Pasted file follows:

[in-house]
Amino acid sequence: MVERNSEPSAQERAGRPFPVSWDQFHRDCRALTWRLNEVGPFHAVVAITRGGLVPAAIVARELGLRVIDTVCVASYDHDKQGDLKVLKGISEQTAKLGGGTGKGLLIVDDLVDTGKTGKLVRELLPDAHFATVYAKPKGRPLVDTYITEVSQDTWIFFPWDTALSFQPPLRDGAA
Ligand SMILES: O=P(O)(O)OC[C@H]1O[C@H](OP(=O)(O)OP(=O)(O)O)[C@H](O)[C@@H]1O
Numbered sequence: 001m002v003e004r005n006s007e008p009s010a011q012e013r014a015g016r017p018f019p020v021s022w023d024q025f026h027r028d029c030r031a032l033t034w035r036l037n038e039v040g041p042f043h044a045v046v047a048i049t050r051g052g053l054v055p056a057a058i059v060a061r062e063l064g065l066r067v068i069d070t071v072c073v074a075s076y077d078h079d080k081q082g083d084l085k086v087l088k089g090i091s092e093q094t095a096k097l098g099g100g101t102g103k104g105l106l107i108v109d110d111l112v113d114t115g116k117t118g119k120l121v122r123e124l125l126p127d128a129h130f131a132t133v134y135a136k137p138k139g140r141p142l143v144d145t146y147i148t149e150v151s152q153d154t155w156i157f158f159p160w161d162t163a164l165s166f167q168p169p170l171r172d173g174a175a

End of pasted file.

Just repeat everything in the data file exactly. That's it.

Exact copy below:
[in-house]
Amino acid sequence: MVERNSEPSAQERAGRPFPVSWDQFHRDCRALTWRLNEVGPFHAVVAITRGGLVPAAIVARELGLRVIDTVCVASYDHDKQGDLKVLKGISEQTAKLGGGTGKGLLIVDDLVDTGKTGKLVRELLPDAHFATVYAKPKGRPLVDTYITEVSQDTWIFFPWDTALSFQPPLRDGAA
Ligand SMILES: O=P(O)(O)OC[C@H]1O[C@H](OP(=O)(O)OP(=O)(O)O)[C@H](O)[C@@H]1O
Numbered sequence: 001m002v003e004r005n006s007e008p009s010a011q012e013r014a015g016r017p018f019p020v021s022w023d024q025f026h027r028d029c030r031a032l033t034w035r036l037n038e039v040g041p042f043h044a045v046v047a048i049t050r051g052g053l054v055p056a057a058i059v060a061r062e063l064g065l066r067v068i069d070t071v072c073v074a075s076y077d078h079d080k081q082g083d084l085k086v087l088k089g090i091s092e093q094t095a096k097l098g099g100g101t102g103k104g105l106l107i108v109d110d111l112v113d114t115g116k117t118g119k120l121v122r123e124l125l126p127d128a129h130f131a132t133v134y135a136k137p138k139g140r141p142l143v144d145t146y147i148t149e150v151s152q153d154t155w156i157f158f159p160w161d162t163a164l165s166f167q168p169p170l171r172d173g174a175a